Mourn not, except thou sorrow for my good; Some words there grew 'twixt Somerset and me: Only, give order for my funeral; Among which terms he used his lavish tongue, And so farewell; and fair' be all thy hopes! And did upbraid me with my father's death; And prosperous be thy life, in peace, and war! Which obloquy set bars before my tongue,
(Dies. Else with the like I had requited him:
Plan. And peace, no war, befall thy parting soul! Therefore, good uncle--for my father's sake, In prison hast thou spent a pilgrimage, In honour of a true Plantagenet,
And like a hermit overpass'd thy days.-
Nor. Thatcause, fair nephew, that imprison'dme, Keepers, convey him hence; and I myself
(Exeunt Keepers, bearing out Mortiiner. Was cursed instrument of his decease.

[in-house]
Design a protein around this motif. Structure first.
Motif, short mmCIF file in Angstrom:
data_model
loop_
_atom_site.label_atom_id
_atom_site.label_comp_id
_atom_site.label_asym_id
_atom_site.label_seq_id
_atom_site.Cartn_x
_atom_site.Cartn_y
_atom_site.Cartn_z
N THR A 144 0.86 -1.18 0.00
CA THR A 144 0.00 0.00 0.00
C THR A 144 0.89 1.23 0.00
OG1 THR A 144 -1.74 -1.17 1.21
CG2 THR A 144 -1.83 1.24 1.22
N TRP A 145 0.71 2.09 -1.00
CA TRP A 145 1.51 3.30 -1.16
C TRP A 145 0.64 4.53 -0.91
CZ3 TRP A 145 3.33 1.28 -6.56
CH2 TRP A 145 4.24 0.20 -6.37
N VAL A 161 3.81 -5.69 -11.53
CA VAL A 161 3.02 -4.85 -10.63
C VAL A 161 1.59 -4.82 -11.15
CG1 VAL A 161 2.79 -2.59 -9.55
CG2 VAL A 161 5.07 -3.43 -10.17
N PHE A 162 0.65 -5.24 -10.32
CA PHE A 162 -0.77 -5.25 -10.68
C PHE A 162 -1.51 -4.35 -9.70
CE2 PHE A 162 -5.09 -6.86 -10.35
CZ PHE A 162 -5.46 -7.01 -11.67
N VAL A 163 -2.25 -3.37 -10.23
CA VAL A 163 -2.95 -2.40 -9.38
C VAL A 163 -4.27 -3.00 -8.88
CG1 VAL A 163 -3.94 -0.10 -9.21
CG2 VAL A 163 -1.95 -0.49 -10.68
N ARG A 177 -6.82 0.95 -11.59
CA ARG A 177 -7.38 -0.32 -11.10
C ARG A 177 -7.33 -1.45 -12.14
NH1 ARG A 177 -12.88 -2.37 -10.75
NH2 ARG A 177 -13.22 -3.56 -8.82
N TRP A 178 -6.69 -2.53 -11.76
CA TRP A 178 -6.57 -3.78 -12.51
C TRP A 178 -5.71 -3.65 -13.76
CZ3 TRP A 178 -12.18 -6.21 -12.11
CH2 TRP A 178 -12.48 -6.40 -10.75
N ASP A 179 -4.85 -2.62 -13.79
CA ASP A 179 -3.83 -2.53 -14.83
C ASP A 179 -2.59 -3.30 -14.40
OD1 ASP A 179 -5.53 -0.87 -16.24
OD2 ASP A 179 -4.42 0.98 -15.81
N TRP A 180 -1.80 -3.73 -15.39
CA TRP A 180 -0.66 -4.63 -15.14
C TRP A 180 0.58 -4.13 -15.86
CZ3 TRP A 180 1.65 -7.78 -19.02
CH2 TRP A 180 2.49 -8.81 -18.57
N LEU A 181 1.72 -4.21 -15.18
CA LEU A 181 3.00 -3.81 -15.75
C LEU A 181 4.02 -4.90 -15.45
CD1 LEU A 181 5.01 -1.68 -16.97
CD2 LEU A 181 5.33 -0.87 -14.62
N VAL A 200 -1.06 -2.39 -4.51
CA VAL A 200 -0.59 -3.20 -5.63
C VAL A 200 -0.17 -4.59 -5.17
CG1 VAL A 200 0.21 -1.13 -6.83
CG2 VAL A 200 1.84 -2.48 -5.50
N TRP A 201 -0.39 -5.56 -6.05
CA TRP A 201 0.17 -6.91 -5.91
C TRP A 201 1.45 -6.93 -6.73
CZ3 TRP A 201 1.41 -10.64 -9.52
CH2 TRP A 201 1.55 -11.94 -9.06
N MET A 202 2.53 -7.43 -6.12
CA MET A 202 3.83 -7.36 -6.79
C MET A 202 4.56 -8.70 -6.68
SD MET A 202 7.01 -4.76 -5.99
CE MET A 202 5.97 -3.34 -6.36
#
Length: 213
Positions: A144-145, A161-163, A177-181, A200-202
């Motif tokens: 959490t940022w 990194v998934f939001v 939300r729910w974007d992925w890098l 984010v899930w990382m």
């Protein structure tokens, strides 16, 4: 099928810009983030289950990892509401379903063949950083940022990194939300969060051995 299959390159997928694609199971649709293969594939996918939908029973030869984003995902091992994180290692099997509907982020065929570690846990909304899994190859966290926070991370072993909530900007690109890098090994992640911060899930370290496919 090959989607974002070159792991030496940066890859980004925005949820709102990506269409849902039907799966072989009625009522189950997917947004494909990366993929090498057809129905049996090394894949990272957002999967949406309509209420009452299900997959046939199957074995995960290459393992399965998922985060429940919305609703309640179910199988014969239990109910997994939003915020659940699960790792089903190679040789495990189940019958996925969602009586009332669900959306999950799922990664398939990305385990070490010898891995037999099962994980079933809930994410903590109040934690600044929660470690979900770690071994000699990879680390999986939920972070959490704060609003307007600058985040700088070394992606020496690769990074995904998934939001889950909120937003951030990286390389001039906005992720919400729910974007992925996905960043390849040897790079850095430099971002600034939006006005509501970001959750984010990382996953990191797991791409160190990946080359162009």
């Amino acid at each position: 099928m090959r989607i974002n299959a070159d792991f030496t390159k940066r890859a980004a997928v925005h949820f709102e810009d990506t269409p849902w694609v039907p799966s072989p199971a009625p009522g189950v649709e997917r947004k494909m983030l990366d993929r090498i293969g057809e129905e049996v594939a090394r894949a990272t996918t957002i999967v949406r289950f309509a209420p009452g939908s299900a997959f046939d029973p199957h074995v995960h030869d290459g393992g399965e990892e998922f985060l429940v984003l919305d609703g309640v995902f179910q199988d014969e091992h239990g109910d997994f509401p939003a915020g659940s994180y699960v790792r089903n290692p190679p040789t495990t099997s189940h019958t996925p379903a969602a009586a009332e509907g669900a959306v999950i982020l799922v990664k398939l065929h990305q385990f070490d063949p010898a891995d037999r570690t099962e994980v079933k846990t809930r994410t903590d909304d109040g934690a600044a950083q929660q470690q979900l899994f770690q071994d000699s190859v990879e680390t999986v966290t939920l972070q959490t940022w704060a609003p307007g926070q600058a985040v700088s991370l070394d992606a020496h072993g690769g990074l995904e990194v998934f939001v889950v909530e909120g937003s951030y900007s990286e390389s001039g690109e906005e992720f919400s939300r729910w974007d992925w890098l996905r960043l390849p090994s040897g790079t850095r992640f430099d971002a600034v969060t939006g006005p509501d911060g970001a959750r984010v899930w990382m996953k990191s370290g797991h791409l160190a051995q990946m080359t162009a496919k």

Here dies the dusky torch of Mortimer, Plan. Discover more at larye what cause that Chok'd with ambition of the meaner sort:
And, for those wrongs, those bitter injuries, For I am ignorant, and cannot guess.
Which Somerset hath offer'd to my house, Mor. I will; if that my fading breath permit, I doubt not, but with honour to redress: And death approach not ere my tale be done And therefore haste I to the parliament; Henry the Fourth, grandfather to this king, Either to be restored to my blood, Depos’d his nephew Richard ; Edward's son, Or make my illo the advantage of my good. (Exit
(1) The heralds that, fore-running death, pro- (4) Lately-despised. (5) Uneasiness, discontent claim its approach.
(6) High (7) Thinking. (2) End.
(8) Lucky, prosperous. (3) 2. e He who terminates or concludes misery, (9) My ill, is my ill usage.
ACT III. .
War. State holy, or unhallow'd, what of that?
Is not his grace protector to the king?